He was in Houston looking at apartments. I was jittery, in my office by myself. My anxiety medication wasn’t really helping, I felt. All of a sudden the flood of thoughts appeared from out of nowhere. Where am I going? What am I doing? How do I pick up and just go? I can’t. I can’t.

I have done this before. Leave one place for another. Leave one place because he had a job in another.  I know that some people judge women like me. This post isn’t about that. This post is about how someone who is as career-oriented as I am handles switching.

I did a PhD. I know what it’s like to commit to a career track.

You see, academia has always told us you go where the jobs are. Major League Baseball is like that. However, I decided that I was more comfortable being an alternative academic because I knew it gave me more flexibility, more options. I didn’t like the options the tenure track was offering me. (Or taunting me, your choice.)  But now, now that I leave a job that, frankly, I made mine, I feel the tug of that flexibility.

I broke down that morning. In the quiet of my office, a Thursday when no one was around and when we had no consultations scheduled, I broke down and cried. The anxiety of not knowing what my next step was crumpled inside that spot right in the center of my chest, and the tears came roaring upwards and outwards. I tried to be quiet, so I cried into my scarf. I texted him, barely seeing the letters on my iPhone’s screen. I didn’t know who else to talk to.

I texted him, asking him if he was around to talk. We couldn’t, not right then. He said he could call me later. I had a meeting in half an hour. I felt my chest starting to shake, tears coming up again. I eventually called my mom, the last person I wanted to talk to– I didn’t want her to worry.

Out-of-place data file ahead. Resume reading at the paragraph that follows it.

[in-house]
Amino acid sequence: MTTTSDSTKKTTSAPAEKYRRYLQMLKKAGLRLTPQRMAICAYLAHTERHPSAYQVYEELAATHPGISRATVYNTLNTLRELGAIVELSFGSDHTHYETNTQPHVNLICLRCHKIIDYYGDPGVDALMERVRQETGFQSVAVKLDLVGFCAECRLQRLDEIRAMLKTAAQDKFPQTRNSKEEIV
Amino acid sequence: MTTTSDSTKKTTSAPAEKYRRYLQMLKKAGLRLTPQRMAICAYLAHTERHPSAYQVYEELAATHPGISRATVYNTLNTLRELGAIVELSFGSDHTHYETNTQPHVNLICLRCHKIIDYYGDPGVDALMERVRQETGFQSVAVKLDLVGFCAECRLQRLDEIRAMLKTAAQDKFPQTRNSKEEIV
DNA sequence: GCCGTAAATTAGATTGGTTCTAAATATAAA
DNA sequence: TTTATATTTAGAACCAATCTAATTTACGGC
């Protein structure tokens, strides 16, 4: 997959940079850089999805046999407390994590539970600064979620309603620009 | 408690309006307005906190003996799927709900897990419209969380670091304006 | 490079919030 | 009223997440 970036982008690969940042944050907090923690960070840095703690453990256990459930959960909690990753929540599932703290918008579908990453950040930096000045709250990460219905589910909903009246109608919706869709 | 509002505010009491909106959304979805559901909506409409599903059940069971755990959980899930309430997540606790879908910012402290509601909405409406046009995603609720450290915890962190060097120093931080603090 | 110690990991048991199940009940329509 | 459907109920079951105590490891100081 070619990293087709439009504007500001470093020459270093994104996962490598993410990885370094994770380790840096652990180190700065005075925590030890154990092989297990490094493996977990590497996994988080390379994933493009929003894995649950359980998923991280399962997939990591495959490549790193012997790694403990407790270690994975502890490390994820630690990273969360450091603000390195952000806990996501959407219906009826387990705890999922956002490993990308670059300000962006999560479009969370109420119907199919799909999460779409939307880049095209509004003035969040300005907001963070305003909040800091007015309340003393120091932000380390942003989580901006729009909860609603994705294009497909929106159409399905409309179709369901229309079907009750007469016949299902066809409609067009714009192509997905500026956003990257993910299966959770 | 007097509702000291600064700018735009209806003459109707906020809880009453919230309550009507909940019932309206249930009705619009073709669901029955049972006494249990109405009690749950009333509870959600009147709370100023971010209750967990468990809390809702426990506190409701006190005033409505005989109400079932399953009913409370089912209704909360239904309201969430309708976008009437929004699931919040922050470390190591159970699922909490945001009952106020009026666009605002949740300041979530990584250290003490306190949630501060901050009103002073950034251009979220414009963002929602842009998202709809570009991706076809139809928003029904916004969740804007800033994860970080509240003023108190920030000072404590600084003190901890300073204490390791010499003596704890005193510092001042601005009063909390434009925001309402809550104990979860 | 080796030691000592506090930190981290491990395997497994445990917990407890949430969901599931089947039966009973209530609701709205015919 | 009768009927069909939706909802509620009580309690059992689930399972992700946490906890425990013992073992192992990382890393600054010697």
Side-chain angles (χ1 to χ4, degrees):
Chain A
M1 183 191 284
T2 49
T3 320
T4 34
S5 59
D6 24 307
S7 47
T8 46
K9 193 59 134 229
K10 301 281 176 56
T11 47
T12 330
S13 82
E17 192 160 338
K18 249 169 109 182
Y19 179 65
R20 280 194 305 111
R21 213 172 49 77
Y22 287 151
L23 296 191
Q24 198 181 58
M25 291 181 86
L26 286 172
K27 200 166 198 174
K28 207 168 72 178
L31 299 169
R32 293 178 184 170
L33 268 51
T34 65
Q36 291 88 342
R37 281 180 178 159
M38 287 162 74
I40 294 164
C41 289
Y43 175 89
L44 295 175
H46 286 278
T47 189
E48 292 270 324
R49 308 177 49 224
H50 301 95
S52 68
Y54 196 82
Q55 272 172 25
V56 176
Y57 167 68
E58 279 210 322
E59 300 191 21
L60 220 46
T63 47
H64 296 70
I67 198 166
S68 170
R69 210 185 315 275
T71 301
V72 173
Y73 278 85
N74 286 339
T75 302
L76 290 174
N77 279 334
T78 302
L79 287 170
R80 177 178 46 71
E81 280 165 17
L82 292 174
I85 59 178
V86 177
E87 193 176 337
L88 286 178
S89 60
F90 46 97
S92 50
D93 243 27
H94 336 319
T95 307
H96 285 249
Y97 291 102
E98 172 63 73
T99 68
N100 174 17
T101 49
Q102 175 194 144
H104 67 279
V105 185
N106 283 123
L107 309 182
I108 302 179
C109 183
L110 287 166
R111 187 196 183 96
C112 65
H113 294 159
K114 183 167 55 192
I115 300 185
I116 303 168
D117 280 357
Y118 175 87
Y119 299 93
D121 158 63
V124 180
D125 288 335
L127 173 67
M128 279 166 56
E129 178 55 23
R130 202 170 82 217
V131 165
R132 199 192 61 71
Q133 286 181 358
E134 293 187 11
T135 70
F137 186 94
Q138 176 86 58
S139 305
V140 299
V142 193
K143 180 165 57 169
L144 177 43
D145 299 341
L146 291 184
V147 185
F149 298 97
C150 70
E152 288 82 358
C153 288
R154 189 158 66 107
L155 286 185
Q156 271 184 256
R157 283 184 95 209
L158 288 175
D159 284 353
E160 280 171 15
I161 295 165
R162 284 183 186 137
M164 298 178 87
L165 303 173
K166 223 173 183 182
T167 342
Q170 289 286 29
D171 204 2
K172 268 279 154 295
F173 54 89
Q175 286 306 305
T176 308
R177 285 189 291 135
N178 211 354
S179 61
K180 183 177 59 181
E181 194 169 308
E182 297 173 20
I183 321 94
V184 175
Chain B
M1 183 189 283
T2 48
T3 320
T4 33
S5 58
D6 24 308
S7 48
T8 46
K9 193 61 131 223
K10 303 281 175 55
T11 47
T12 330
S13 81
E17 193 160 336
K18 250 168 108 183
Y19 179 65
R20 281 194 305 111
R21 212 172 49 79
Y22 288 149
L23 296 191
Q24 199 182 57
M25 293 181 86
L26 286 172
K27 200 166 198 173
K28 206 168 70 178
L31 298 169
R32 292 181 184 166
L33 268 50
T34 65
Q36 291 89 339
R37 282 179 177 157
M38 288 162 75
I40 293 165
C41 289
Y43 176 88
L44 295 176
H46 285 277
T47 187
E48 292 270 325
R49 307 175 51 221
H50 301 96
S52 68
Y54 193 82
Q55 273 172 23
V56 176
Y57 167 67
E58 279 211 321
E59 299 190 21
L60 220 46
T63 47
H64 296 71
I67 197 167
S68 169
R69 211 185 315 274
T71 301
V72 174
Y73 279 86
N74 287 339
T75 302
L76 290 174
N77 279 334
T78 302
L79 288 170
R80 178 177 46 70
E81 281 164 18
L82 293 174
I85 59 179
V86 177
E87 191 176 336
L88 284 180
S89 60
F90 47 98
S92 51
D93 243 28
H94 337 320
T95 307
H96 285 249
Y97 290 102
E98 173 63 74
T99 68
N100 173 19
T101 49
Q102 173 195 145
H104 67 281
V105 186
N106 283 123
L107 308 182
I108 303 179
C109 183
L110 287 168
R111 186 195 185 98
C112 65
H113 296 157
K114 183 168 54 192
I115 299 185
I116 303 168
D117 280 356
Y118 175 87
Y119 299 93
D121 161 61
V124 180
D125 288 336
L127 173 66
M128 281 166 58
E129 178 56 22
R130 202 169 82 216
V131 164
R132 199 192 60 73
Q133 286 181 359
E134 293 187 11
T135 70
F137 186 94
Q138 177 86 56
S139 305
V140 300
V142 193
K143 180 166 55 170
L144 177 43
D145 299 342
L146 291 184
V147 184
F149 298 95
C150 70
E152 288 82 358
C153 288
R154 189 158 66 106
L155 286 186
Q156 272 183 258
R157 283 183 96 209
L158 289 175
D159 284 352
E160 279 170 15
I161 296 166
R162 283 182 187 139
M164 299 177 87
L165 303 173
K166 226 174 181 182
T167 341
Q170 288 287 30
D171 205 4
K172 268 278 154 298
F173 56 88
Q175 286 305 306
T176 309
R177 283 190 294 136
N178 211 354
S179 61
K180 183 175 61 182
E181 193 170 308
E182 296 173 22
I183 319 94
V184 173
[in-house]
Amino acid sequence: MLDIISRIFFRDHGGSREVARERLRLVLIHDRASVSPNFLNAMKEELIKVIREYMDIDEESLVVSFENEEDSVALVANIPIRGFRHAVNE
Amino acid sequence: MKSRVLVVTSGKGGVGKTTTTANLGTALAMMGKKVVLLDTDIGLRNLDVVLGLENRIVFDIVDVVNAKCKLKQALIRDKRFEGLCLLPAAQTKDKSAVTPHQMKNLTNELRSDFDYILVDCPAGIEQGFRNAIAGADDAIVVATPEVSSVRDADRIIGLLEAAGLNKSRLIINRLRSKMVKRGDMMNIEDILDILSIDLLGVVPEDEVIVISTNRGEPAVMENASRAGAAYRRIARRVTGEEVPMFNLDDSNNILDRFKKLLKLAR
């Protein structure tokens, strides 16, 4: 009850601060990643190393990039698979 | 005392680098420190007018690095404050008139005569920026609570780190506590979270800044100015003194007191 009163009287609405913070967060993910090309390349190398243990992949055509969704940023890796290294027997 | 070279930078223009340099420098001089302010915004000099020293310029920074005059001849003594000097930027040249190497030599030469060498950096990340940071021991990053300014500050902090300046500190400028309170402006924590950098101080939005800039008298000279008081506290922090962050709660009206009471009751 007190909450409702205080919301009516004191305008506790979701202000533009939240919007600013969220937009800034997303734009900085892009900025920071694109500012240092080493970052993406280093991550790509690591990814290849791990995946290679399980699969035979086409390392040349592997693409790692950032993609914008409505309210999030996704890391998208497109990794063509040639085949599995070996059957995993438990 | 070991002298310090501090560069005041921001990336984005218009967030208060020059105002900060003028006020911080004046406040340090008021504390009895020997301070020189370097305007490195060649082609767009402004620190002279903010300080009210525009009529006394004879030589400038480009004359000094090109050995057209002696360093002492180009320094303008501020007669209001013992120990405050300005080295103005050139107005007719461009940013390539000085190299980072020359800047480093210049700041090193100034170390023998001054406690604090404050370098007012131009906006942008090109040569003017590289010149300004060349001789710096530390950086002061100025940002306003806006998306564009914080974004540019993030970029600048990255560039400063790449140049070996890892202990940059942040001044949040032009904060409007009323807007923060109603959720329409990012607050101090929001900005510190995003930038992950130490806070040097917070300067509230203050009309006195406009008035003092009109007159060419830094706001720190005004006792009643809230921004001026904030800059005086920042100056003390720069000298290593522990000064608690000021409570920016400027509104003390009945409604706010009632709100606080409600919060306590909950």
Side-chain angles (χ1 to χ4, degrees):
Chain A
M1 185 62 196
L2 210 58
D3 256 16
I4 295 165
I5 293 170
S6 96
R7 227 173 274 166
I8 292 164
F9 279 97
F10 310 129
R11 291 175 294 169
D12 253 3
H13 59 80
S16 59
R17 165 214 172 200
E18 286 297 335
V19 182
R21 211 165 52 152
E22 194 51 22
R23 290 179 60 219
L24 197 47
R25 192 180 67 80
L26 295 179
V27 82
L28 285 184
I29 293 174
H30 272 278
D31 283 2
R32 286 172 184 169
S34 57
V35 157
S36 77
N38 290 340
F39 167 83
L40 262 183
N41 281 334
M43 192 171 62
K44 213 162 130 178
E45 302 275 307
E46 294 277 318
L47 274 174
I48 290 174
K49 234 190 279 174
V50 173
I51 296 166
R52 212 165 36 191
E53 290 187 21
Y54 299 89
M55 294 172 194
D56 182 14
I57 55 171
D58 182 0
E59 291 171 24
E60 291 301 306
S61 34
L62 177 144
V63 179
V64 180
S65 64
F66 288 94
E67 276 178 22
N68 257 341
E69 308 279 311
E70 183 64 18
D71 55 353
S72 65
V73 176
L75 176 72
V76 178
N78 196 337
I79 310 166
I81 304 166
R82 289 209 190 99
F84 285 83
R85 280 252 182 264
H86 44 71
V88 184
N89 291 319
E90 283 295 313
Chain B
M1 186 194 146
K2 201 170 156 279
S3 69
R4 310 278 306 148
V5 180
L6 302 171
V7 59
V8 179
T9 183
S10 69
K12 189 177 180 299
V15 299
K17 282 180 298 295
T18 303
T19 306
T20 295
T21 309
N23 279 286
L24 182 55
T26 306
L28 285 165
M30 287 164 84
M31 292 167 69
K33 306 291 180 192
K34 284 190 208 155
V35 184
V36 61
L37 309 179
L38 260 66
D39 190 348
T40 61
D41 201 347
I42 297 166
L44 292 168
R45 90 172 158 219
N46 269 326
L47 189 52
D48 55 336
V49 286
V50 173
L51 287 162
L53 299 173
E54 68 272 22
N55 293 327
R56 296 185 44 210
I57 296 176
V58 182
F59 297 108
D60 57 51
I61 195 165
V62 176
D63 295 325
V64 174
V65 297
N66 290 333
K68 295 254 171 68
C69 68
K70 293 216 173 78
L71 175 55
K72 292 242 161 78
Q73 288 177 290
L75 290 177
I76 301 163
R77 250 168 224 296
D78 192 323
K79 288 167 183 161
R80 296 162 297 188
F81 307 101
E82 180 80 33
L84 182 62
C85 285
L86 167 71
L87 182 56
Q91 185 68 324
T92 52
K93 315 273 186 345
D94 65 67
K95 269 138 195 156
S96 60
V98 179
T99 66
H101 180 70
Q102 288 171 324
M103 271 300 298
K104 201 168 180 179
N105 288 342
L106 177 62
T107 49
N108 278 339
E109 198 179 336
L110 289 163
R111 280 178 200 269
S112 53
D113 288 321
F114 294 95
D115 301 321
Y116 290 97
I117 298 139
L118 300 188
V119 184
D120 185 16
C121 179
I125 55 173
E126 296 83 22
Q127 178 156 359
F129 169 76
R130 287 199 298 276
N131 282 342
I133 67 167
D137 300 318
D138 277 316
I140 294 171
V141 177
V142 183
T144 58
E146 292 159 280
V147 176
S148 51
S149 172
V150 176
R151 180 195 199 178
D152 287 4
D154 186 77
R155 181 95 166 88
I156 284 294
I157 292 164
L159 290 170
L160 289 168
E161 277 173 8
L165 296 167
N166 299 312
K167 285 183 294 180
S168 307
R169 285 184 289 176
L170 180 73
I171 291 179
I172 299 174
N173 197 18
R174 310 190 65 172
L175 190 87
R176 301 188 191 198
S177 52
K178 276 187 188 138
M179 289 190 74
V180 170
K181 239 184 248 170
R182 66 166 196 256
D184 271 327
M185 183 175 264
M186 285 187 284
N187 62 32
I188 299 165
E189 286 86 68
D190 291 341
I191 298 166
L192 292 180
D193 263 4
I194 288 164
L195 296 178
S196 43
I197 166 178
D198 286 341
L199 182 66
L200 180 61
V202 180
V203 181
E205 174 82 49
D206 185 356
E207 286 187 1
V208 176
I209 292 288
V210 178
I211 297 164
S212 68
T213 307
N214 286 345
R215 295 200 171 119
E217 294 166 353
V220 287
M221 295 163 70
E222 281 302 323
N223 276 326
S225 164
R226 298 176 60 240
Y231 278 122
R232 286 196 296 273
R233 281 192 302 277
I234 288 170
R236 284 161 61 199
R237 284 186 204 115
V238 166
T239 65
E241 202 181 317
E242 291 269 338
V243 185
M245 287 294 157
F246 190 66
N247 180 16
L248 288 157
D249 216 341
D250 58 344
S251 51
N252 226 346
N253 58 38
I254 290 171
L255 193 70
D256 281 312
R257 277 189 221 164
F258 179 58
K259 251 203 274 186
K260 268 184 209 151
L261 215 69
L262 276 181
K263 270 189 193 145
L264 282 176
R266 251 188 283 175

She worries sometimes.

I talked through the feelings that were crumpling in my chest. I looked forward to moving to Houston, but I minded leaving my job and my friends, the things that made Kansas City a home for me. After years of frustration, of indecision, of anger, and of confusion, I was finally in much better shape, career-wise, and in a city I enjoy. I felt afraid of leaving that, of leaving that stable environment. I was afraid of going to Houston and starting from scratch. I was afraid of falling into depression again, the kind of depression that kept me wondering about what the heck I was doing with my life if my PhD doesn’t mean anything in the tenure track job market. (I blogged about that too.) I was afraid.

Nowadays I feel more comfortable with the idea, and I know that alternative academic careers are just that: careers. And careers are comprised of jobs. But I still won’t be entirely comfortable until I know where my career continues in Houston.


People frequently ask for recommendations of resources and background reading on graduate education reform and career paths for humanities scholars. Here are a few of the things I often suggest.

[This was originally posted at my personal site; please build on it!]

There are many other great resources out there, so please add to the list!